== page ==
In space where friction will be absent or at a minimum, physical behavior will be different. Newton's Laws will be strikingly obvious. If a man in space-walk pushes against a 100 - pound meteorite, he will find an opposing force. The meteorite will not move as gently as a soap bubble.

On the other hand, if the man gives a fingertip of push against the side of the space capsule he will start moving away. The capsule will move in the opposite direction by an amount proportional to the differences between the two inertials involved. it will take more force to get the capsule moving at a certain velocity than will be required to get the man moving. Without earthly friction to damp movements, the various vectors of velocity and acceleration will be painfully obvious. That is why astronauts tumble.

A spaceship is not required to obtain all this, however. Suppose the Earth were a hollow sphere with a shell 100 miles thick. You have tunneled through the shell and gently dropped into the interior. What will happen? Will you fall to the center of the earth?

A Hollow Argument

Mathematically, by pure convention and convenience, we treat such an Earth as if all the mass were concentrated in a point at the center. But this will hold only for measurements made outside the sphere. Inside this hollow sphere the gravitational accelerations on the shell will cancel out for all and any locations inside.

A man ten feet below the end of the tunnel will be as we say "weightless," and a man at the center of the hollow will experience the same situation. If you doubt this, try a paper-and-pencil test. Divide the sphere into areas and compute the force vectors from each. THEY WILL CANCEL OUT AT ANY LOCATION INSIDE THE HOLLOW. A man at rest in any spot in the hollow will stay put.

But this does not mean that gravitation has been so set up that the forces on the floating man all vanish. Now, if I push this man, I am upsetting a balanced force pattern. I am opposing a portion of the gravitational forces of the shell. I will experience a resistance to my push. I say the man has inertia.

Every object that is at rest (as we say) in a frame of reference is at rest because a situation exists where all the forces on that object cancel out. If you think of an object suspended in a ring by a large number of extended springs, the object will come to rest despite the fact that the springs are all under some tension. If you try to move the object, it is easy to see you are really opposing the springs. In this analogy, life is obvious. But when we consider invisible gravitational forces, somehow, things seem more complex.

From Model to Cosmos

So let us expand our model from a hollow Earth to space itself. The whole universe, suns, planets, stars, the most distant galaxies, all exert some trifling of gravitational pull. An object at rest (or in uniform motion) must experience a balance of all these forces. This, some say, is the explanation for inertia.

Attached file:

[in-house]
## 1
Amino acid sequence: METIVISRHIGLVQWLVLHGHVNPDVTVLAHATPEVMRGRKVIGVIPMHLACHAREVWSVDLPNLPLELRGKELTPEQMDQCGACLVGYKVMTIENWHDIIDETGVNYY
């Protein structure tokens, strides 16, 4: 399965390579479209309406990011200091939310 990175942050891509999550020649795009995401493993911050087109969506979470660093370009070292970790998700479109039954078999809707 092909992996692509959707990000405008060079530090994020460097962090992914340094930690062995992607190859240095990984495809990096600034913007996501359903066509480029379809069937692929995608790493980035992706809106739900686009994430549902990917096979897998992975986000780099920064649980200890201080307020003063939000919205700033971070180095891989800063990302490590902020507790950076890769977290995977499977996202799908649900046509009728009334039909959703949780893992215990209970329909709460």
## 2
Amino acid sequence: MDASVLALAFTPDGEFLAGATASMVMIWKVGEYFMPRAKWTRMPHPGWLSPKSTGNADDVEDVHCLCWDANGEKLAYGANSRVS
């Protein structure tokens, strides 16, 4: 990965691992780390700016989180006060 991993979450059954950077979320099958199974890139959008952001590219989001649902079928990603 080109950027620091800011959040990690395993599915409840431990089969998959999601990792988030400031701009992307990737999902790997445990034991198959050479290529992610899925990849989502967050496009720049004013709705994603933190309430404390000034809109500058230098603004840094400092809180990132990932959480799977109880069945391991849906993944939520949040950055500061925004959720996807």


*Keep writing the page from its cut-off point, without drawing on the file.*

Does this prove anything? Of course not. This is merely a hypothesis that attempts to explain the facts we observed at the start of the article. Remember, Newton had no conception of either the size or the mass of the universe. His generation was not even certain that the gravitational force he extended to the moon also reached out to the stars. Newton did not have the facts to attempt today's argument.

  • Matter in space may seem "weightless," but it still has inertia and momentum. Meteorites show crystalline evidence of severe shock waves caused by collisions with other meteorites. The whole asteroidal belt is slowly being thus reduced to a powder.
  • A .22 bullet fired at a empty eggshell, suspended by a silk fiber, will not break the shell. The inertia of the eggshell is so slight, that the pressure wave from the bullet will move the shell aside before the slug touches it.   Would this be true of a slug traveling at 1 km/sec.?
  • A man in space pushing on a heavy meteorite will find considerable resistance. Both will move in proportion to their mass (inertia).
  • If the Earth were a hollow sphere, gravity would be canceled for all points in the interior. A man would experience the same sensations here as he does in a normal space-walk. What will happen if you extend this idea to the universe?

To Temp You:

  1. If the hollow Earth in our example were discus-shaped, would gravitation still be balanced out all over the hollow interior?
  2. Does explaining inertia solve the problem of what is gravitation?
  3. Explain why the eggshell is not broken by the bullet.